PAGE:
Leadwood Tree

(Combretum imberbe)

Family: Combretaceae

Common names: leadwood (Eng.); hardekool (Afr.); motswiri (Pedi); ummono (Sotho); mondzo (Tsonga); motswere (Tswana); umbondwe omnyama (Zulu); mohwelere-tshipi (Northern Sotho); muhiri (Venda); omumboromboga (Herero)

SA Tree No: 539

Description

Another magnificent Kruger Park tree and possible our favourite, the mighty Leadwood is a medium to large tree that is semi-deciduous tree and grows up to a height of 20 meters. The Leadwood (Combretum imberbe) is by far the largest and the tallest of all the South African combretum species. It has a wide spreading canopy but is extremely slow growing. Its bark is light grey in colour and resembles something like stone and snakeskin which is incredibly hard to the touch but make identification easy. Dead branches and shoots will often remain on a mature tree due to the density and strength of the wood.

The leaves are simple and arranged opposite each other. They are broad and have a elliptical to oval shape with a wavy margin. The flowers are a creamy to creamy-yellow colour and are sweet smelling. The long slender spikes grown in the angle formed by the leaf. 

The Pods or the Leadwood are 4-sided, characteristic of the combretum family. This means they have 4 wings and are yellow green in colour becoming pale brown with age. 

Sacrificial branches are characteristic of the Leadwood and occurs in the lower branches of the tree. This smaller branches that are low down don't play a role in photosynthesis and as such can be sacrificed. The branches die and remain on the tree but form an impenetrable barrier to climbing mammals and so its not common to find Leopard for example sleeping or hoisting a kill in Leadwood.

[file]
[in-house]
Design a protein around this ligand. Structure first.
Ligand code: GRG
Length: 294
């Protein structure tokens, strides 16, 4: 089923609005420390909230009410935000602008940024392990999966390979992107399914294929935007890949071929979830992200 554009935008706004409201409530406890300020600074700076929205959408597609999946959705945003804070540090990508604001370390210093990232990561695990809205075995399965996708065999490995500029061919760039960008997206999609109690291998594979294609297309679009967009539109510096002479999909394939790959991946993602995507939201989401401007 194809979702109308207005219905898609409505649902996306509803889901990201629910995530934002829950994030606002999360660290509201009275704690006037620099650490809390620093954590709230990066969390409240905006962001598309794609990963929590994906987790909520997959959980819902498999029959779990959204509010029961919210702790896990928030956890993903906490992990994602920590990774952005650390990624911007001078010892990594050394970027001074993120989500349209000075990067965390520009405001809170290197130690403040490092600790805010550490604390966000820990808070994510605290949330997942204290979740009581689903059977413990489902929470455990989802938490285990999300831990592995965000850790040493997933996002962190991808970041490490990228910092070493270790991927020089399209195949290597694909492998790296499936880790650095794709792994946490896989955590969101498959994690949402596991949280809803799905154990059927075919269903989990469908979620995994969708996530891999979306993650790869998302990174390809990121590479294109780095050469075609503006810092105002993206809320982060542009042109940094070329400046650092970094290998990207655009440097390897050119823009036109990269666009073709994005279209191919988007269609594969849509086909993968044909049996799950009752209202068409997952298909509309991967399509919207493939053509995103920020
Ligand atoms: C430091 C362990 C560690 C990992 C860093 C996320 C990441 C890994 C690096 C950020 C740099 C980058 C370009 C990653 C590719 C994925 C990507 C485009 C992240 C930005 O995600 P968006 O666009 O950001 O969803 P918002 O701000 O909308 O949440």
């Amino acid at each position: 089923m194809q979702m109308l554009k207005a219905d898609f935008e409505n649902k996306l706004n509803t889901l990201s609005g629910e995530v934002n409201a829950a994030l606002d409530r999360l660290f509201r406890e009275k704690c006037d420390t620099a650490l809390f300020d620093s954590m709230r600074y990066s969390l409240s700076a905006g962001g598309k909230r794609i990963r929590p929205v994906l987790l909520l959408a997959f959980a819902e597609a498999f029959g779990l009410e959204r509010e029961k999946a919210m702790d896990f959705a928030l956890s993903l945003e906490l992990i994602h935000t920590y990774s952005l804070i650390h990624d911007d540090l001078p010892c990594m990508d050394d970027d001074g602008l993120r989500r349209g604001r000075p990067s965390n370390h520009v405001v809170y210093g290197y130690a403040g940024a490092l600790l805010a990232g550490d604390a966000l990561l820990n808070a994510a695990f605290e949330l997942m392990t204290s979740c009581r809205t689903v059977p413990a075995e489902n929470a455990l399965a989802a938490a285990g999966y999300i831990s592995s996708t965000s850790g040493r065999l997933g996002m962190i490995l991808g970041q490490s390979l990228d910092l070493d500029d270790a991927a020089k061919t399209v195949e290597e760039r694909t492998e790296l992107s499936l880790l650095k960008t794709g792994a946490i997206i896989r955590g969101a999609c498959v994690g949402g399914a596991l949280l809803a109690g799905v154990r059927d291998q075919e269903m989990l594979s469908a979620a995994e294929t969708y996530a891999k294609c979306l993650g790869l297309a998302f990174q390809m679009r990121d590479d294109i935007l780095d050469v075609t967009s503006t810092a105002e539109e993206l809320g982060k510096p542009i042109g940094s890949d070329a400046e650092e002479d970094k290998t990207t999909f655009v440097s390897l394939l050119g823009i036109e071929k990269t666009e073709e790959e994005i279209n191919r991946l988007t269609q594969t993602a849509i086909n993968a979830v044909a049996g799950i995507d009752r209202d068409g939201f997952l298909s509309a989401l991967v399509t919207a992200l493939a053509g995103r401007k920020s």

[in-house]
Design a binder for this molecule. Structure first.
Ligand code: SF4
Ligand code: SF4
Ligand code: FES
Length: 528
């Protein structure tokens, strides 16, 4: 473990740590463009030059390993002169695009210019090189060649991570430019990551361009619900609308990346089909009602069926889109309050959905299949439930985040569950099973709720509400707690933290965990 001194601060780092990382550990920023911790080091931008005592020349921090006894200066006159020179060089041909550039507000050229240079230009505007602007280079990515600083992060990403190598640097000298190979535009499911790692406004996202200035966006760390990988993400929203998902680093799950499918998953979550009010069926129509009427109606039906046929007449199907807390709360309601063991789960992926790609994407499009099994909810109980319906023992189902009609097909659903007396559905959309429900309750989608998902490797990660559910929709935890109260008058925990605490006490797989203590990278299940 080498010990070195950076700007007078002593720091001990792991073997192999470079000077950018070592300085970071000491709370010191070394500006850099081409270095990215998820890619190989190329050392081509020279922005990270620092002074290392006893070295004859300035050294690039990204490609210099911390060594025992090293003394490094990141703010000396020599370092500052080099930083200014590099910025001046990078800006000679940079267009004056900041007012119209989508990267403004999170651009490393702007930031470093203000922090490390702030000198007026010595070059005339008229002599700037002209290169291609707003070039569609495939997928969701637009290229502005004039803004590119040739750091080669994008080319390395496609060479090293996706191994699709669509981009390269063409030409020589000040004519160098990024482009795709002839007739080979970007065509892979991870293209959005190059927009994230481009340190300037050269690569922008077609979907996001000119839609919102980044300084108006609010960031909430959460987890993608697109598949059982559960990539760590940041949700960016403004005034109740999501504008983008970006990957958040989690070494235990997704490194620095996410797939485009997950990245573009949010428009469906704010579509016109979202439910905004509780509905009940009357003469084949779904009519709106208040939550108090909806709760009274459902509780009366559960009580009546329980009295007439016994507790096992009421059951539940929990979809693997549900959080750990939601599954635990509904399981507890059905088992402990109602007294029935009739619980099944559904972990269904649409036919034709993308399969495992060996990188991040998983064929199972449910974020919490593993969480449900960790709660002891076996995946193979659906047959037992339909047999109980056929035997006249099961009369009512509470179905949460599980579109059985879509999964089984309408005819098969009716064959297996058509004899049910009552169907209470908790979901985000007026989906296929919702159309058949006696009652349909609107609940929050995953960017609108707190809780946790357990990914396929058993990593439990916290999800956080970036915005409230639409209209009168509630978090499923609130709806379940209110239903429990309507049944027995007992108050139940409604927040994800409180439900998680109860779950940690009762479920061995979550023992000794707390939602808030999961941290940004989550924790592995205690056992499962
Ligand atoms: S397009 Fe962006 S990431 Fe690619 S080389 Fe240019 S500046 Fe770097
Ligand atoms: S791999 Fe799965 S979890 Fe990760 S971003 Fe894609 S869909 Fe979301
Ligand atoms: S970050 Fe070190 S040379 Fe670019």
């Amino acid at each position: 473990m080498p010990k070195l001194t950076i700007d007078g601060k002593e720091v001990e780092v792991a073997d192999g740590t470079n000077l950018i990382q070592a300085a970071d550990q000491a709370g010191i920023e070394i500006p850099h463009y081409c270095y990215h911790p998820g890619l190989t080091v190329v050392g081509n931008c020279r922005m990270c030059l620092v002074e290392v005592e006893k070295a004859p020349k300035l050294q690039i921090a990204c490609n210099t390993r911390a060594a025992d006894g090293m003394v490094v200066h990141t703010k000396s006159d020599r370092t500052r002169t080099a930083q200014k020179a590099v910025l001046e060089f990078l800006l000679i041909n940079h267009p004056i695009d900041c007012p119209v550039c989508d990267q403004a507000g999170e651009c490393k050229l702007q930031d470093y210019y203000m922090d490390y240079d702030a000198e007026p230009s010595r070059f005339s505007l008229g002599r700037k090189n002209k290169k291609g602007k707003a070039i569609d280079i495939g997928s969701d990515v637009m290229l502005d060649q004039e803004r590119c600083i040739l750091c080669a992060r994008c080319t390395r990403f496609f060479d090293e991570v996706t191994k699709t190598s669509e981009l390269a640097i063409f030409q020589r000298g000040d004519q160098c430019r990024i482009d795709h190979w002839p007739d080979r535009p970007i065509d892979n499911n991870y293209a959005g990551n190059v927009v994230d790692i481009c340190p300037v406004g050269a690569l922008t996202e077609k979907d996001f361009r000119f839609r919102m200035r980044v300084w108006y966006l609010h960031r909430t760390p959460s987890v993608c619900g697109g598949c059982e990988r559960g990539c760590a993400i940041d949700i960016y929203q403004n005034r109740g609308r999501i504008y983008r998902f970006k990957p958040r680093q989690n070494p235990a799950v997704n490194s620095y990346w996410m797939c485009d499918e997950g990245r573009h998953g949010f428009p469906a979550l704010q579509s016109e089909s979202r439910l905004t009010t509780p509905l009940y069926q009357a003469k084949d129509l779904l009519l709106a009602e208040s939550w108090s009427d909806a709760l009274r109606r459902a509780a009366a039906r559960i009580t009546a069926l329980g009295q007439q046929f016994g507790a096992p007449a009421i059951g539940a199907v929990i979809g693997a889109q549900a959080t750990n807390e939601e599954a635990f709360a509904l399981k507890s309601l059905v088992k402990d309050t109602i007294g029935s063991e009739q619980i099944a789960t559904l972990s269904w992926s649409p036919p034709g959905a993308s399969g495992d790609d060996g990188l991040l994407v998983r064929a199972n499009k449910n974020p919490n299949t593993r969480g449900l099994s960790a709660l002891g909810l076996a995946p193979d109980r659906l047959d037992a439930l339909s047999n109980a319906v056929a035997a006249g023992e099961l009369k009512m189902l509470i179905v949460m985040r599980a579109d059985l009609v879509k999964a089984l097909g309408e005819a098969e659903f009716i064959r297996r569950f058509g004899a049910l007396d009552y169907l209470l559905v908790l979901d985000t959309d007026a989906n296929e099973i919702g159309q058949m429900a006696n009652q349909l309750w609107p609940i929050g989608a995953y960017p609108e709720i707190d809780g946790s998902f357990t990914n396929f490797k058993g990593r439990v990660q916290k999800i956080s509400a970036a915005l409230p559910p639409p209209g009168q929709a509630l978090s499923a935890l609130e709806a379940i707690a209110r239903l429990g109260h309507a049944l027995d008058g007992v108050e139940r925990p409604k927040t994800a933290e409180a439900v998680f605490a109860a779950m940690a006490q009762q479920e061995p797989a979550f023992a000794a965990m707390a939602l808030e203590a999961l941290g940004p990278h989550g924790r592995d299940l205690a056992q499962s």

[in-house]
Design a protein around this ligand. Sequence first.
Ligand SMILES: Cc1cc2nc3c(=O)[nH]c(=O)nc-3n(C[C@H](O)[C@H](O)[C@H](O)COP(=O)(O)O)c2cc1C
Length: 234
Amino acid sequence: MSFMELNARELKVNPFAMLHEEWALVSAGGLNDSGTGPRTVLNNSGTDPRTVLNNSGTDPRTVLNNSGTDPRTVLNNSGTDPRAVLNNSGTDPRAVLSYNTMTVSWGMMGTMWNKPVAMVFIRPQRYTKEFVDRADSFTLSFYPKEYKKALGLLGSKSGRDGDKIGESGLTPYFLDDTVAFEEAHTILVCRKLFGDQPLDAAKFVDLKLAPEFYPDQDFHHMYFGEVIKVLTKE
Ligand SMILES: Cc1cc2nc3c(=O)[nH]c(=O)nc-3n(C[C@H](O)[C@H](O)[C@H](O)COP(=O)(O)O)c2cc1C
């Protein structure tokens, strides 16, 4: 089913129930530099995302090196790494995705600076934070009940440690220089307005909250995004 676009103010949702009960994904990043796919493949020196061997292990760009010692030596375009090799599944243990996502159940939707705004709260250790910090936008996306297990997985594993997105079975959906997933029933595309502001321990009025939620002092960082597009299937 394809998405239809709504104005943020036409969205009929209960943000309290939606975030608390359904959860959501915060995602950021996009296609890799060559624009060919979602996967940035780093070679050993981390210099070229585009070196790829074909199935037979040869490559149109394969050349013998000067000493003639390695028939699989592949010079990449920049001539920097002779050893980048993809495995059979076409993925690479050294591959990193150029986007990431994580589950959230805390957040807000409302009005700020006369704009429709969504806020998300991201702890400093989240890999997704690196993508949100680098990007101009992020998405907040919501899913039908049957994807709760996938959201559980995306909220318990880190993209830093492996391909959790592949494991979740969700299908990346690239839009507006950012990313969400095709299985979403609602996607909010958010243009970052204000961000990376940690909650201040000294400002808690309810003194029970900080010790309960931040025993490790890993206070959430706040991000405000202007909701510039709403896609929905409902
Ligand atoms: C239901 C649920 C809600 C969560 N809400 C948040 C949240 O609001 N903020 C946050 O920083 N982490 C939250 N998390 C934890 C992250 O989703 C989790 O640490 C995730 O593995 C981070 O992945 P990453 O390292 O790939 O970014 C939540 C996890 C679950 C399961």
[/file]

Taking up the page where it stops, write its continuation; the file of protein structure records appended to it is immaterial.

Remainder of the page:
The Leadwood is one of the heaviest woods found in the Kruger with a weight of 1,200kg/m3. This heavy wood sinks in water and cannot float but is wonderfully termite resident and if worked it can be used very effectively for housing.  There are roughly 50 Leadwood trees in Kruger that have been carbon dated and said to exceed 3000 years old of which more than half of that they have been dead.

Derivation of name and historical aspects

The species name, imberbe, is derived from the Latin name referring to the lack of hairs on the plant. Combretum means climbing plant in Latin according to Pliny, and the common name leadwood refers to the heaviness of the wood.

Ecology

Although not a species that is regarded as a great food resource by mammals, the leaves are eaten by Kudu, Impala, Grey-duiker, Elephant, and Giraffe. A species that prefers sweeter nutrient dense soils, the presence of leadwood in the savanna does indicate that the grazing is preferential for the plains game. 

Uses

Because the wood is so dense it burns for a very long time and creates the best coals to preserve fire as well as cook on. These coals can last up to 12 hours. The ash produced is high in lime and very abrasive and is used as a paste to clean teeth. When mixed with milk it also produces an effective white wash that is housed on primitive and simple dwellings to preserve the exterior and reduce levels of insects. 

This wood is not easy to work because of its density so its not used for furniture however it is suitable for grain mortars. It has been effectively used for mine support trusses as well as a wooden "hoe" before steel was used. 

The Leadwood has been used medicinally, the inhalation of smoke from burning leaves is used to relieve a cough and the common cold. The flowers can also be used as a cough mixture. The leaves are believed to have magical powers. For treatment of diarrhoea and stomach pains, root decoctions are used. A combination of roots and leaves are taken against bilharzia. Root bark that is boiled in water is used for tanning leather. The gum that exudes from damaged areas on the stem is edible and forms part of the diet of the Bushmen. Leadwood ash is used as a toothpaste. The wood is very hard and tough, and burns very slowly with intense heat. Africans used this wood to make hoes before metal was discovered. The trunk was used to build an enclosure (kraal ) and grain stamping mortars and these days it is used for furniture and sculptures. The tree has special cultural and religious importance to the Ovambo people of Nambia. The leaves and fruits are used in white magic.

 
 

 

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